by Ruihong Yuan
We all want a doctor who is competent – someone who knows what their talking about and can make the correct diagnosis and prescribe the appropriate treatment. We all also want a doctor who is kind and compassionate – someone who genuinely cares about our well-being and sees us as a human being, and not just a patient. This can greatly enhance our experience at the doctor’s office, and make us more likely to go back in the future to get checked up if something bothers us. Additionally, recent studies have even demonstrated that having an empathic doctor can actually even improve treatment outcomes.
The placebo effect is something that many of us have already heard about – even when a particular pill or cream has no active ingredients, just the belief that it will work can actually reduce symptoms and make people feel better. However, this seemingly magical effect hasn’t always been consistent, with some studies showing its power weaker than previously found.
Why would this be? A recent study conducted an experimental study to focus on the characteristics of health care professionals to see if that might impact the efficacy of the placebo effect. Specifically, the researchers focused on physician competence (e.g., biomedical information) and warmth (e.g., discussing feelings and emotions) perceived by participants.
In the experiment, participants were ostensibly told that they were participating in a study about novel food preferences, but before they can participate, they would need to undergo a food screening involving an allergy skin prick test. During the skin prick test, physicians slightly pricked a patient’s skin with a device soaked in histamine, which induced an allergic reaction with a raised bump of itchy skin surrounded by redness. During the skin prick, the health care provider placed an unscented hand lotion on the bump and then told the participants that the cream would reduce the reaction and itching.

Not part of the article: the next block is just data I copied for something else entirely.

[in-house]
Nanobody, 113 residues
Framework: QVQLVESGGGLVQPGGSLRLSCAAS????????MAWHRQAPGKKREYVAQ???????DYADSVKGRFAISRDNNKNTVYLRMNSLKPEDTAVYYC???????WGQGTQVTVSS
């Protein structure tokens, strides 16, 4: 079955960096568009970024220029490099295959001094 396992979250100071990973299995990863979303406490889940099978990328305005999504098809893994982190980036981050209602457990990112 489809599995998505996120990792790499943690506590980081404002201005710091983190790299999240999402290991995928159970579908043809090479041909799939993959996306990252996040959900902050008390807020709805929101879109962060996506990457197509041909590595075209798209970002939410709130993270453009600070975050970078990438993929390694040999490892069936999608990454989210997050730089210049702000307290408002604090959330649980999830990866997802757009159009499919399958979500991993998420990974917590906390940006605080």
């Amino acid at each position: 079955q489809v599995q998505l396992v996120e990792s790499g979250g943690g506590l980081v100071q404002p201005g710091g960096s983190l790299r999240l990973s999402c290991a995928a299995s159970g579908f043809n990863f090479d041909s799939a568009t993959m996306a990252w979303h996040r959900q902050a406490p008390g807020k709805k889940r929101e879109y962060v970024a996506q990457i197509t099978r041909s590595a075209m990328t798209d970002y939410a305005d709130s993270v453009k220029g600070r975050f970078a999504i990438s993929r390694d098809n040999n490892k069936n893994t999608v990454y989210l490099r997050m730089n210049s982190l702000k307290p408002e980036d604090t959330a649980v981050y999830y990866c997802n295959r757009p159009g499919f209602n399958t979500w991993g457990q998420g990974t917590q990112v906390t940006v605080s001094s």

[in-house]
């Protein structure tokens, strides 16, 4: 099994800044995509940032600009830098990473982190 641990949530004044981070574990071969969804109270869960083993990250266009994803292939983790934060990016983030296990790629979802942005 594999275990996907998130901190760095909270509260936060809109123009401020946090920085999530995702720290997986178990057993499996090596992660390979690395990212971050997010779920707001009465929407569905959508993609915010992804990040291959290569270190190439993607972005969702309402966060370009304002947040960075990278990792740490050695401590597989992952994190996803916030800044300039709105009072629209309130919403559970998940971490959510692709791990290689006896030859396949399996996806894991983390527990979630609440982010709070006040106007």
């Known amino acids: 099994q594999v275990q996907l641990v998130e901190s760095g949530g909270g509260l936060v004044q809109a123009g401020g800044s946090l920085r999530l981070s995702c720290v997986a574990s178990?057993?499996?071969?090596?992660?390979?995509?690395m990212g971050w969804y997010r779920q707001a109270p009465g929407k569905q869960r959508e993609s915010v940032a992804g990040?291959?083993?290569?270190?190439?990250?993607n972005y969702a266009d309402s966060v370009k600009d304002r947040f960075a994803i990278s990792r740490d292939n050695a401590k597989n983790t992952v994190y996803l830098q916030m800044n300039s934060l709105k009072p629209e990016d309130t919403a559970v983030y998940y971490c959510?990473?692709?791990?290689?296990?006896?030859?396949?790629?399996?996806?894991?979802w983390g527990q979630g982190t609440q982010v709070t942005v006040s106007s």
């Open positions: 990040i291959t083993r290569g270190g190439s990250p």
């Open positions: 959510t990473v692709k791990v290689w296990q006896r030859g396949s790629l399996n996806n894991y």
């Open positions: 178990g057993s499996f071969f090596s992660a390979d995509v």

However, unbeknownst to the participants, the health care provider was trained by the experimenter to either act with high or low competence and high or low warmth during the entire procedure. For instance, a health care provider who was trained to act both highly competent and warm would make lots of eye contact, call the person by their name and introduce themselves, and conduct the procedure in an organized, clean room. A health care provider who was instructed to act incompetent and cold would minimize eye contact, not smile, and use a lot of filler words like “um”.
As expected, the hand lotion did help alleviate the allergic reactions even without any active ingredient – replicating the placebo effect that we’re all familiar with. But what is unique about this study is that the researchers found that the calming effect was amplified the most by physicians who appeared to be both warm and competent by the participants, followed in second place by those who were only warm but didn’t seem all that competent. By contrast, physicians who acted cold but highly competent didn’t produce any better results than those who were seen as neither warm nor competent – suggesting that in some instances, the patient perception of physician warmth may have a greater impact on treatment outcomes than the perception of physician competence.
Studies like this are just one out of many that demonstrate the value of having a warm and compassionate doctor – not only will they enhance our experience at the doctor’s office, but they can even improve treatment outcomes. That’s why it’s important for medical schools to also value the development of these noncognitive traits among their students, which has generally been underemphasized or worse, undermined in medical training and also ensure that students are entering medical school with the necessary ingredients to nurture these people skills.